I've been meaning to comment on these tweets for a while:
I went to high school with some scary smart people. Never made math team. Didn't get into honors math. Thought I wasn't good at it.— Stanislav Nikolov (@snikolov) June 30, 2016
Stan, of course, is one of the most talented people I know.
It reminded me of a conversation I had with my colleague and friend Jim last year. I had just recieved an email from a former student turned friend. We were trying to find some time to catch up. I told Jim I had just heard from this young lady and Jim replied "I remember her, she's awesome. Really smart." I mention this because the individual we were talking about, while to us, extremely talented in addition to being just a terrific person spent much of her career living in self doubt.
Meantime, I was having a conversation with another friend and the topic turned to impostor syndrome and the desire to make it a thing of the past.
Problem is, I don't know if that will ever be the case. I'm approaching 50 and have a career of good work behind me but I still find myself questioning my credentials, work, and ability. Then I realized I wasn't alone when I read Robert Talbert's recent blog post about his going through the tenure process for a second time and "learning through this process that I have not outrun impostor syndrome and probably never will."
Stan's tweets tell part of the story. When we surround ourselves with smart, accomplished people, we sometimes feel we don't measure up. I've found that for the most part, the extremely accomplished people I've worked with are very unassuming and low key. They seem to operate assuming that everyone else is at least as capable and quick as they. I recall Paul Graham talking about this in an essay but I don't remember which one. The problem is, if you don't understand their sincerity, you end up feeling even more inadequate.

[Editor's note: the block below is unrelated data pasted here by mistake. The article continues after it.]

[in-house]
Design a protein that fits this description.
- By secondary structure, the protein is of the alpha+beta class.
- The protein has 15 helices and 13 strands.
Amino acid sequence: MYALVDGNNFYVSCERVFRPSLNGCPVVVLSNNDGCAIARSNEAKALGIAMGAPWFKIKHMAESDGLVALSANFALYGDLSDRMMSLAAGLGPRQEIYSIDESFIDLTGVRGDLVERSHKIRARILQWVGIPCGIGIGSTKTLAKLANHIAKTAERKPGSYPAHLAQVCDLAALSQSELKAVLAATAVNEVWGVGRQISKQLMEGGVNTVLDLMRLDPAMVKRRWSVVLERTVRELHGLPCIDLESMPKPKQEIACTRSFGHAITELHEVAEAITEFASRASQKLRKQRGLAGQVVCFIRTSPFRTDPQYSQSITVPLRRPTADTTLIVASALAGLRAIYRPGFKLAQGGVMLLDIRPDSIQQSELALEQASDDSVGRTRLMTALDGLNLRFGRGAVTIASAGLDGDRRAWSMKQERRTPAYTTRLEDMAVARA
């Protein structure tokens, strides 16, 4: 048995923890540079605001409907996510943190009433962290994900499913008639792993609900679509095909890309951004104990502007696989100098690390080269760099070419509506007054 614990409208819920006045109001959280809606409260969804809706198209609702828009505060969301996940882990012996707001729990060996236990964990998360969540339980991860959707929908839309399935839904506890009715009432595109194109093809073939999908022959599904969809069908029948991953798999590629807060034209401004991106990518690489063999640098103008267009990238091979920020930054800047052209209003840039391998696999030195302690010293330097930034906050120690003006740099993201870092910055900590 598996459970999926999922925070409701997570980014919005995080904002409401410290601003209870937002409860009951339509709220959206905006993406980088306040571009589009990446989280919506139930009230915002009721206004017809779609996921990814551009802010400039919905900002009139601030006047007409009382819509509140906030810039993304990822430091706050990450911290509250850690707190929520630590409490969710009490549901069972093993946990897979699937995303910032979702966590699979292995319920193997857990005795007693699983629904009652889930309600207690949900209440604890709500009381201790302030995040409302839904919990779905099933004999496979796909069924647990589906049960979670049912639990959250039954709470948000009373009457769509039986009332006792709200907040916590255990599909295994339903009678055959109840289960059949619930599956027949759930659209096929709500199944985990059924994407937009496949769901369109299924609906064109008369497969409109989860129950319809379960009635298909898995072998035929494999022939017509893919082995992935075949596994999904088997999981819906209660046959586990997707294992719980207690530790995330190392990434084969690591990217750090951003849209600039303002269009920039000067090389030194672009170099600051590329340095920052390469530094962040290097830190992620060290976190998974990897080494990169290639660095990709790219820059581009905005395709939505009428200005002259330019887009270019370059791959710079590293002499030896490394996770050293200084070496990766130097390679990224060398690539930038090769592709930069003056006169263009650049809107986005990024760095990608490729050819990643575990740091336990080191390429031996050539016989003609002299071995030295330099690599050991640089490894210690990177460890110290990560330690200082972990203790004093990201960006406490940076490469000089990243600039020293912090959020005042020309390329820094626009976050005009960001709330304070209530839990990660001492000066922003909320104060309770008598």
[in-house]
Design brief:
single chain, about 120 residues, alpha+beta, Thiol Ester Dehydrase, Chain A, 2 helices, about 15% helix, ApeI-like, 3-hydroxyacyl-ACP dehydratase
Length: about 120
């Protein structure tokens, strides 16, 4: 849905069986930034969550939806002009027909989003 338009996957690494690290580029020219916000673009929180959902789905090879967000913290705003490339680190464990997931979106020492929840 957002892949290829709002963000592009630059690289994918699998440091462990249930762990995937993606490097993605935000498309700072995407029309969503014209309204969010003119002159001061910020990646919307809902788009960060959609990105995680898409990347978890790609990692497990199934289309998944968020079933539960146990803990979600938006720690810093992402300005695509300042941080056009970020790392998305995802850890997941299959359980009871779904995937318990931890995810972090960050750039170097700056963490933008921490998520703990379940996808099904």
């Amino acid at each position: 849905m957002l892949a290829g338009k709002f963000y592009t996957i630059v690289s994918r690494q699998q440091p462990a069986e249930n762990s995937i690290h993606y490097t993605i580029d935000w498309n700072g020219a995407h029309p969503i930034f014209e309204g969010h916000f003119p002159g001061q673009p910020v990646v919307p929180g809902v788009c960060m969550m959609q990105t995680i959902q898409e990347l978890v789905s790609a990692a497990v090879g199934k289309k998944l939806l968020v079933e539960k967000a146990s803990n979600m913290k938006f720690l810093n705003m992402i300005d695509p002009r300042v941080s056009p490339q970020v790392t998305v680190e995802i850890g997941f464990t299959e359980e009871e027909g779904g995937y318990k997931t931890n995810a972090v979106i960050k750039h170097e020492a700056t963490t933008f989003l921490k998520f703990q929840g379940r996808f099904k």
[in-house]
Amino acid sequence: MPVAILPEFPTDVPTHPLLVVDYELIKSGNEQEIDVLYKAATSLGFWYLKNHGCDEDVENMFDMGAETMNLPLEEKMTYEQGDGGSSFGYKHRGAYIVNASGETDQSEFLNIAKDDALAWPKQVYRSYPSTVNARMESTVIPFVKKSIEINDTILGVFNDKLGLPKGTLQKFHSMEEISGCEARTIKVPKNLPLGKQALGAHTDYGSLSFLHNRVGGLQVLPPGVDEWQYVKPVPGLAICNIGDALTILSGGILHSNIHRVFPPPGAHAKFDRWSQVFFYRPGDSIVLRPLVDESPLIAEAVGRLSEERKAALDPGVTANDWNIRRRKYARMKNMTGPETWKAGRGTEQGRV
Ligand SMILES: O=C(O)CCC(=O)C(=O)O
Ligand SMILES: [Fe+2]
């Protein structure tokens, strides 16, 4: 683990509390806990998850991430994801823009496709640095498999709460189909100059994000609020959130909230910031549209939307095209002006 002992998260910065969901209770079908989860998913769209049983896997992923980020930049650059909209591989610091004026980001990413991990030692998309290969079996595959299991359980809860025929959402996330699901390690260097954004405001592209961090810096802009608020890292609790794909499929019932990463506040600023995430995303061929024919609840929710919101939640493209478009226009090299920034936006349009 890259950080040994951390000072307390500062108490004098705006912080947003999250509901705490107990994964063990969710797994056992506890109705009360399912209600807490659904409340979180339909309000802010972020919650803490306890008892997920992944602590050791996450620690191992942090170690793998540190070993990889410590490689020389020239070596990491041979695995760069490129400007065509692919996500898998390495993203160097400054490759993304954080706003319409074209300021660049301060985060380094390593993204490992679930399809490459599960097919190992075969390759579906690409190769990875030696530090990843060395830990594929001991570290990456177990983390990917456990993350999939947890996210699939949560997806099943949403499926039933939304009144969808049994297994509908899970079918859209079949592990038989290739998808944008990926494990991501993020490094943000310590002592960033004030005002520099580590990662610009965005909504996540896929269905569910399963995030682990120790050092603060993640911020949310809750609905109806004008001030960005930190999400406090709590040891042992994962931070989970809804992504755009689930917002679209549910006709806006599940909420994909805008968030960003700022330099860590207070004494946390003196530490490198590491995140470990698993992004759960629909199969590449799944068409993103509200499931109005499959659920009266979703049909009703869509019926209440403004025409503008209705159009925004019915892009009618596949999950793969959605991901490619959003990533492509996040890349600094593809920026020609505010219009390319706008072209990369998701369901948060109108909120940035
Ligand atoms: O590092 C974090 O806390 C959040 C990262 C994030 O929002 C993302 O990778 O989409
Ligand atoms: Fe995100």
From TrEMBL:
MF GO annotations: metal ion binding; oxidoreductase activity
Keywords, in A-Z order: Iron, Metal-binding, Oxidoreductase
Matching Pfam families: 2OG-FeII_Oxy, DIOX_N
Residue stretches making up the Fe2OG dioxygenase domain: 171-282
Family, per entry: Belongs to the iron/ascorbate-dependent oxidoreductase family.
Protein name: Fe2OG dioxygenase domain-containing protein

It gets worse when we start comparing ourselves to some unreal composite. I remember feeling pretty stupid back when I was younger comparing myself with others. The problem was that I clearly didn't measure up to the best math kid, or the best computer kid, the best fencer, the best violinist, etc. Now, the best math kid might have been a lousy athlete and the best fencer, a so so mathematician, but to me, I was comparing myself with this composite super human. No wonder I never measured up. Eventually, though, I realized three things. First, there's always someone better at something and always someone worse. Second, that's not the true value of ones worth as a person, and three, I bring some good stuff to the table and I should be (and am) content with that
So, I still struggle with impostor syndrome but at the end of the day, it just serves as a reminder to look back on what I've done and what I've learned in the process. I start out in question but in the end, leave confident. Maybe the trick isn't to eliminate impostor syndrome but rather to understand and contain it. We don't want to live in fear and anxiety but both are useful emotions when we control them and not the reverse.
It's probably good when we question ourselves and re-evaluate our positions - we just have to make sure as we're bringing new people into the tech fold that we foster acceptance and confidence and when impostor syndrome sets in that it can be channeled into a positive and not scare people away.Tweet